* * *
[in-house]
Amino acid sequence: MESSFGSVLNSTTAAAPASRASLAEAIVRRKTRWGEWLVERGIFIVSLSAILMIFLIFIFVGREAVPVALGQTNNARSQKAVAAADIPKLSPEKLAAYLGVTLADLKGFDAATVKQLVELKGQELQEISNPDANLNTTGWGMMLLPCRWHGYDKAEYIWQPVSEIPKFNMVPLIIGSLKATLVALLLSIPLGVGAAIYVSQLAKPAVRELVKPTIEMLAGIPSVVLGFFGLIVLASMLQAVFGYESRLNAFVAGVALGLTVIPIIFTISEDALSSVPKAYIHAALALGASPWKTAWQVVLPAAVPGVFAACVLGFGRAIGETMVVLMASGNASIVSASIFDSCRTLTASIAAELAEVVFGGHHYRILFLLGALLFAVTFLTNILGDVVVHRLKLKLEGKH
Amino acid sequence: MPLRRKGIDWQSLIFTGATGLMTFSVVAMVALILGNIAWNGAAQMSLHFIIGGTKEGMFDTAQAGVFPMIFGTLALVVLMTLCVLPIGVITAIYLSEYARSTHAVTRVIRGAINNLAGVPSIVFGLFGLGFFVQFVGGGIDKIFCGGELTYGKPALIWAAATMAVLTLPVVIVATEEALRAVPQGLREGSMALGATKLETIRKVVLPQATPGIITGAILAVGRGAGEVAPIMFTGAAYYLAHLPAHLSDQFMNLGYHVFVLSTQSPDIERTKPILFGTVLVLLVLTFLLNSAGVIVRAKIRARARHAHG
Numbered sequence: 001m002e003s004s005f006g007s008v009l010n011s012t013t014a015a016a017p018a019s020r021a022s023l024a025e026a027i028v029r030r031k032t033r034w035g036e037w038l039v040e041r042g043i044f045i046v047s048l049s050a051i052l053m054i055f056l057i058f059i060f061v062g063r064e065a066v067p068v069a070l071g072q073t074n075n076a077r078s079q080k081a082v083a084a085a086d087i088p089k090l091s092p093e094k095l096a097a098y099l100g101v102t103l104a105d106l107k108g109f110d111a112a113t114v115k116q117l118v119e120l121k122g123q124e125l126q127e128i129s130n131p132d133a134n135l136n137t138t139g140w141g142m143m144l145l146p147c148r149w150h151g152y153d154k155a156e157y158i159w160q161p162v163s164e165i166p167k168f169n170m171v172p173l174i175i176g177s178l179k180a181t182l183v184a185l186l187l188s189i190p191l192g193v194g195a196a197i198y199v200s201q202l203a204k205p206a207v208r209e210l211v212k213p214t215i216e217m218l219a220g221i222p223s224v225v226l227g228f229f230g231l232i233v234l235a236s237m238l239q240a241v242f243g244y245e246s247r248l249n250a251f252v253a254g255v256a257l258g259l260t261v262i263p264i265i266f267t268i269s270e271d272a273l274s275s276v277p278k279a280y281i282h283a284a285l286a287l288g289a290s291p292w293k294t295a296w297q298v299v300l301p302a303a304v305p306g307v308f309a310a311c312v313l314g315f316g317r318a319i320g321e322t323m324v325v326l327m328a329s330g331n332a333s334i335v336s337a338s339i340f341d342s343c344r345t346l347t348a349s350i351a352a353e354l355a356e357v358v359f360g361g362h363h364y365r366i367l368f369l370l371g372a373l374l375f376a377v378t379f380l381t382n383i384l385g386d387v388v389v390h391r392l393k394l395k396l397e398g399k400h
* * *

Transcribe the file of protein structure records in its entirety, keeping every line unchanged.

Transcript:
[in-house]
Amino acid sequence: MESSFGSVLNSTTAAAPASRASLAEAIVRRKTRWGEWLVERGIFIVSLSAILMIFLIFIFVGREAVPVALGQTNNARSQKAVAAADIPKLSPEKLAAYLGVTLADLKGFDAATVKQLVELKGQELQEISNPDANLNTTGWGMMLLPCRWHGYDKAEYIWQPVSEIPKFNMVPLIIGSLKATLVALLLSIPLGVGAAIYVSQLAKPAVRELVKPTIEMLAGIPSVVLGFFGLIVLASMLQAVFGYESRLNAFVAGVALGLTVIPIIFTISEDALSSVPKAYIHAALALGASPWKTAWQVVLPAAVPGVFAACVLGFGRAIGETMVVLMASGNASIVSASIFDSCRTLTASIAAELAEVVFGGHHYRILFLLGALLFAVTFLTNILGDVVVHRLKLKLEGKH
Amino acid sequence: MPLRRKGIDWQSLIFTGATGLMTFSVVAMVALILGNIAWNGAAQMSLHFIIGGTKEGMFDTAQAGVFPMIFGTLALVVLMTLCVLPIGVITAIYLSEYARSTHAVTRVIRGAINNLAGVPSIVFGLFGLGFFVQFVGGGIDKIFCGGELTYGKPALIWAAATMAVLTLPVVIVATEEALRAVPQGLREGSMALGATKLETIRKVVLPQATPGIITGAILAVGRGAGEVAPIMFTGAAYYLAHLPAHLSDQFMNLGYHVFVLSTQSPDIERTKPILFGTVLVLLVLTFLLNSAGVIVRAKIRARARHAHG
Numbered sequence: 001m002e003s004s005f006g007s008v009l010n011s012t013t014a015a016a017p018a019s020r021a022s023l024a025e026a027i028v029r030r031k032t033r034w035g036e037w038l039v040e041r042g043i044f045i046v047s048l049s050a051i052l053m054i055f056l057i058f059i060f061v062g063r064e065a066v067p068v069a070l071g072q073t074n075n076a077r078s079q080k081a082v083a084a085a086d087i088p089k090l091s092p093e094k095l096a097a098y099l100g101v102t103l104a105d106l107k108g109f110d111a112a113t114v115k116q117l118v119e120l121k122g123q124e125l126q127e128i129s130n131p132d133a134n135l136n137t138t139g140w141g142m143m144l145l146p147c148r149w150h151g152y153d154k155a156e157y158i159w160q161p162v163s164e165i166p167k168f169n170m171v172p173l174i175i176g177s178l179k180a181t182l183v184a185l186l187l188s189i190p191l192g193v194g195a196a197i198y199v200s201q202l203a204k205p206a207v208r209e210l211v212k213p214t215i216e217m218l219a220g221i222p223s224v225v226l227g228f229f230g231l232i233v234l235a236s237m238l239q240a241v242f243g244y245e246s247r248l249n250a251f252v253a254g255v256a257l258g259l260t261v262i263p264i265i266f267t268i269s270e271d272a273l274s275s276v277p278k279a280y281i282h283a284a285l286a287l288g289a290s291p292w293k294t295a296w297q298v299v300l301p302a303a304v305p306g307v308f309a310a311c312v313l314g315f316g317r318a319i320g321e322t323m324v325v326l327m328a329s330g331n332a333s334i335v336s337a338s339i340f341d342s343c344r345t346l347t348a349s350i351a352a353e354l355a356e357v358v359f360g361g362h363h364y365r366i367l368f369l370l371g372a373l374l375f376a377v378t379f380l381t382n383i384l385g386d387v388v389v390h391r392l393k394l395k396l397e398g399k400h